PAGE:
Technically ambulatory surgery centers (ASC) across the country have been under fire for proper infection control procedures for the last few years, given the number of well-publicized incidents  that have brought these issues to the surface.
Still, it wasn’t until May that ASCs came under regulatory fire, when CMS established Conditions of Coverage that included basic infection control procedures .
But now that CMS state surveyors have been awarded $9 million from the federal government , along with a new infection control survey  which has been developed with help from the CDC, more than one-third of non-accredited ASCs will see a state surveyor in the next 12 months.
In my opinion, one of the biggest challenges in the field is putting an employee in charge of the infection control program, and then training them appropriately. I have advised the ASCs that I consult to become a member of APIC  as soon as possible, which not only gives them access to information and training, but it also links them into a community of infection preventionists, which is often the best way to absorb the most information quickly. Don’t be afraid to ask for help.
It’s important that this person has ownership of the infection control program, not only because it’s a CMS requirement , but also because it provides oversight and accountability, which has been lacking prior to these regulations. Usually clinical staff members know what to do, but without that oversight even the smallest mistakes can become perpetual and harmful.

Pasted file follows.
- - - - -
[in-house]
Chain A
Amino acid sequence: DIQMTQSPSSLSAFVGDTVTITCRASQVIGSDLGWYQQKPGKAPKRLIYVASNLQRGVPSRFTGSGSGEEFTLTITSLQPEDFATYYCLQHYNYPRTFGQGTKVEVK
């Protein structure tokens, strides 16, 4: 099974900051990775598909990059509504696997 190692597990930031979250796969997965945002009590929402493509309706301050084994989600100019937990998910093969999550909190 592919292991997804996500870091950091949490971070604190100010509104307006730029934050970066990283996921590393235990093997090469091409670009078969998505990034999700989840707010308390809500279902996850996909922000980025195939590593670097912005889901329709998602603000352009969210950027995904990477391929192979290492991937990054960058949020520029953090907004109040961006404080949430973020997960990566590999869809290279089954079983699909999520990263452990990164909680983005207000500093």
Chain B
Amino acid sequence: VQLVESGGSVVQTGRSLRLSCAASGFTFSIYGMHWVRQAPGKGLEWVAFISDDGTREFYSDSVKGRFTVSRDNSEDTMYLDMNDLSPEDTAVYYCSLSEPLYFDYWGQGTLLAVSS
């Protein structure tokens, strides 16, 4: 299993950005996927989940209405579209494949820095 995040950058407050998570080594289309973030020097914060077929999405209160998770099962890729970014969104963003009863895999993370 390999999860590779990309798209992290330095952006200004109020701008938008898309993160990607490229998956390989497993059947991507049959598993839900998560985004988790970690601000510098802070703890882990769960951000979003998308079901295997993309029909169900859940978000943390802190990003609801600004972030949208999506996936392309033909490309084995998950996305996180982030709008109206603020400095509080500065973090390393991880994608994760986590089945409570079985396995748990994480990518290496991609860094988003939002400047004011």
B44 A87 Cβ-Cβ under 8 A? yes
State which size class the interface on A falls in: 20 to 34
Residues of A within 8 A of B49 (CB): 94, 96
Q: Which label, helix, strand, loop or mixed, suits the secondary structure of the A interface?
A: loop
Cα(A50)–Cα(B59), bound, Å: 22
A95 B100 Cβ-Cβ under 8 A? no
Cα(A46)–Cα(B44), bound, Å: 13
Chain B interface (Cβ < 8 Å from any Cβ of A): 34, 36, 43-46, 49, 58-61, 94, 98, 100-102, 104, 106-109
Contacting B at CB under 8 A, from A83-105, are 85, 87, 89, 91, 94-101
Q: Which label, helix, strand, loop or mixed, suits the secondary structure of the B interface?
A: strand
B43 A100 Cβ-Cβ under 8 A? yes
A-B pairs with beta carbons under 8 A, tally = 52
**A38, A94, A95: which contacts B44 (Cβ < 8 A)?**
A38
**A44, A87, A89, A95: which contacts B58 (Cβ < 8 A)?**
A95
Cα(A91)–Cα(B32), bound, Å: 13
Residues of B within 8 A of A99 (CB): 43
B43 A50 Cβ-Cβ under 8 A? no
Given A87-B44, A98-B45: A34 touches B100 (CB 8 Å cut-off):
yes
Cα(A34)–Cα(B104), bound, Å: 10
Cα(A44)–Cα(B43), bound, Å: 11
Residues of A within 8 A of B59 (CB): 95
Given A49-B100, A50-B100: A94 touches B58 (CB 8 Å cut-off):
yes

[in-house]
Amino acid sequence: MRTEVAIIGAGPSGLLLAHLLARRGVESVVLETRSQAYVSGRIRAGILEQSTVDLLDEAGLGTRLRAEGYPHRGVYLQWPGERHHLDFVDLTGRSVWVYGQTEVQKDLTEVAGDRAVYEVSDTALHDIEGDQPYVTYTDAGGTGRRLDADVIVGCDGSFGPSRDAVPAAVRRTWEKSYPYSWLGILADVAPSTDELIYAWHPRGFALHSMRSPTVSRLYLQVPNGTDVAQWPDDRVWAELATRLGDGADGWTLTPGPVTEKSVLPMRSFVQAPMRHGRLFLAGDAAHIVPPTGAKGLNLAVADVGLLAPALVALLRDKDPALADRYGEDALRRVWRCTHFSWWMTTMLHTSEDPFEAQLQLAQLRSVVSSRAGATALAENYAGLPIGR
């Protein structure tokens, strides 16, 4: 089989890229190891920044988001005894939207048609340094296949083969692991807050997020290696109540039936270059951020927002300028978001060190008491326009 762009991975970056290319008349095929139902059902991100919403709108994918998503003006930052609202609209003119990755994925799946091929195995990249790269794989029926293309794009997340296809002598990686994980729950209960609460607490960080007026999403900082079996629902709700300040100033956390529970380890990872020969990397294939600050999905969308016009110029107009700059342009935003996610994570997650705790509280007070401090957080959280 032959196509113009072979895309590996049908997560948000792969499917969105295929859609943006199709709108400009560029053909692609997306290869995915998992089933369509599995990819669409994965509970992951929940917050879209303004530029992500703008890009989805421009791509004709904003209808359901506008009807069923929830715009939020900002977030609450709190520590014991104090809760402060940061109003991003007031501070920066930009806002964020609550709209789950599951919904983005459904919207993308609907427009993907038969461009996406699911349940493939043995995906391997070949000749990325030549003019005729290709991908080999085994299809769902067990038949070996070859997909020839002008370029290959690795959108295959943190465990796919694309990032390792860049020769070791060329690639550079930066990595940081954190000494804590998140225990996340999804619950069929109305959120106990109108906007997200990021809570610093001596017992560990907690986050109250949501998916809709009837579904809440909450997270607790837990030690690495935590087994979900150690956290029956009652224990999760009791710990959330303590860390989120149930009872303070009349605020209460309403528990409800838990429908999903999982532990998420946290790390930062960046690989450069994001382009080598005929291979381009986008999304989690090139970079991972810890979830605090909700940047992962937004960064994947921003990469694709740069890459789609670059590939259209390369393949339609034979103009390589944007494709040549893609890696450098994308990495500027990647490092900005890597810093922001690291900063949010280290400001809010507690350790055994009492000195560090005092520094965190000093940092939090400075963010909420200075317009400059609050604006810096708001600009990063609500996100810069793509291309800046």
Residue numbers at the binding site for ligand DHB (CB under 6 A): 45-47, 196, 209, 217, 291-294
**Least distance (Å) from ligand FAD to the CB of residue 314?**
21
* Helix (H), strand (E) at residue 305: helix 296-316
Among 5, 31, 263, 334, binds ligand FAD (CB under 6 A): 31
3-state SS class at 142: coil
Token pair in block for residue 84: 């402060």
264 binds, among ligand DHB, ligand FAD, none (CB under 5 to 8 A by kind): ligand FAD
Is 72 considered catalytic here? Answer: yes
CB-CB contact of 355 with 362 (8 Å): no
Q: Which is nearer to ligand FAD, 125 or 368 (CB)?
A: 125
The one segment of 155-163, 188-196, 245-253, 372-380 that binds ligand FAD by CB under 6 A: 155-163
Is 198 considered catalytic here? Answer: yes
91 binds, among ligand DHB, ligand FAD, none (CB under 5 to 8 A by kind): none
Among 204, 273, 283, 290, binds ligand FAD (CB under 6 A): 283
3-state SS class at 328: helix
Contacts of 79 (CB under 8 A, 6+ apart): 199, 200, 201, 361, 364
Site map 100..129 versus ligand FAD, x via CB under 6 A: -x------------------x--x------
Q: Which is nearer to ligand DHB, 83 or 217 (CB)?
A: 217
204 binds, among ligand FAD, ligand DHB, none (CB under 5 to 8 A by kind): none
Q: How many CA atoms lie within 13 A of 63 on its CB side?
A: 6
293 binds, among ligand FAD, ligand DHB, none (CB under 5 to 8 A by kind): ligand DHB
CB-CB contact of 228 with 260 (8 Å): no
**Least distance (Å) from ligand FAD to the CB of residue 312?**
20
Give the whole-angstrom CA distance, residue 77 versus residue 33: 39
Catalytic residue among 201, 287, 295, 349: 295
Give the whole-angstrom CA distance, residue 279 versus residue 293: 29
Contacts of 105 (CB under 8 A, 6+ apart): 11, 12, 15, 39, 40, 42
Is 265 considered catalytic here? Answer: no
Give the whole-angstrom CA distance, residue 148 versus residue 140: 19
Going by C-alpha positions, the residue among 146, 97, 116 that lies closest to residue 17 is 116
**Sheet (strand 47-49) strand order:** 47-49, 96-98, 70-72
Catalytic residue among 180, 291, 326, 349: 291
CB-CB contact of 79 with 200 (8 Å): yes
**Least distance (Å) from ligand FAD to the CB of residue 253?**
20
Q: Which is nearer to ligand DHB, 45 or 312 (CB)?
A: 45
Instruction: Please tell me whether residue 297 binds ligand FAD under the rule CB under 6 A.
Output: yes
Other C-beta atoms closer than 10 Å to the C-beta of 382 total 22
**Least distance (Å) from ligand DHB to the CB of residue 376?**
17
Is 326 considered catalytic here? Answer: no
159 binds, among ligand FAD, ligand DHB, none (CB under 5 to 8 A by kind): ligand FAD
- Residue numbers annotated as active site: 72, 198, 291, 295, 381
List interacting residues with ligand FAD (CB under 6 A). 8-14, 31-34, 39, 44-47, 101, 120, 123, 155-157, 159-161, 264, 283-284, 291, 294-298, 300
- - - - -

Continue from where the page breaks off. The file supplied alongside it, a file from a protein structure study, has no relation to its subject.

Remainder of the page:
Consider just a few examples:
- Many ambulatory surgery centers contract environmental service workers. But these employees often come in at night to clean, so no one is watching over them to ensure they are following your facility’s policy. Do you need to stay late every night and watch them clean? No, but you should be spot checking and at least periodically ensuring they are competent, following IC best-practices, and using facility-approved products.
- Who conducts reprocessing of equipment (sterilization or high level disinfection)? Watch the procedure from the time the instrument leaves the patient to the time it is reprocessed and returned for use on a new patient. Are proper steps followed each time for every patient?
Often, there may not have been a lot of formal training and employees may have been trained (properly or improperly) by the employee who performed this role in the past. They may not even be aware they aren’t in compliance. The center may delegate this important task to this individual, yet with little oversight on a daily basis. Another issue may be determining who is responsible for reprocessing of instruments if that employee is out sick or on vacation and making sure they are trained and competent.
Remember, people are not infallible. They are bound to make mistakes; but checks and balances must be put in to place that will prevent these occurrences as well as providing a plan of action when they do occur. CMS will expect no less and neither will our patients and families.
Visit the Tools page  to download a Sample IC Risk Assessment For Ambulatory Surgery Centers.
You can also get basic infection control training with the Infection Prevention Core Training Bundle , which consists of three one-hour webcasts, and Chinnes’ new book “The Infection Prevention Handbook .”